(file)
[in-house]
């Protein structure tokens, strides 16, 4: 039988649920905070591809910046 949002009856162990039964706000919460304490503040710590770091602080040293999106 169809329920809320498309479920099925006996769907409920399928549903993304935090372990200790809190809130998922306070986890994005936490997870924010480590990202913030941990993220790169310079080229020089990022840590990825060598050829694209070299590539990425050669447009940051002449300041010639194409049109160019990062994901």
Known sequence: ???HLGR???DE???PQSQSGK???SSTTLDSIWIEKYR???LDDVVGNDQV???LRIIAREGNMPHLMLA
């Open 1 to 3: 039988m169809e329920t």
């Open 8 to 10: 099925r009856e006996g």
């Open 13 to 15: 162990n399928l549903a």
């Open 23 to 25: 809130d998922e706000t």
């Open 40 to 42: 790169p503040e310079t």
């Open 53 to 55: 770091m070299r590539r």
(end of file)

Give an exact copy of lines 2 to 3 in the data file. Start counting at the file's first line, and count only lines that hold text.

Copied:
């Protein structure tokens, strides 16, 4: 039988649920905070591809910046 949002009856162990039964706000919460304490503040710590770091602080040293999106 169809329920809320498309479920099925006996769907409920399928549903993304935090372990200790809190809130998922306070986890994005936490997870924010480590990202913030941990993220790169310079080229020089990022840590990825060598050829694209070299590539990425050669447009940051002449300041010639194409049109160019990062994901």
Known sequence: ???HLGR???DE???PQSQSGK???SSTTLDSIWIEKYR???LDDVVGNDQV???LRIIAREGNMPHLMLA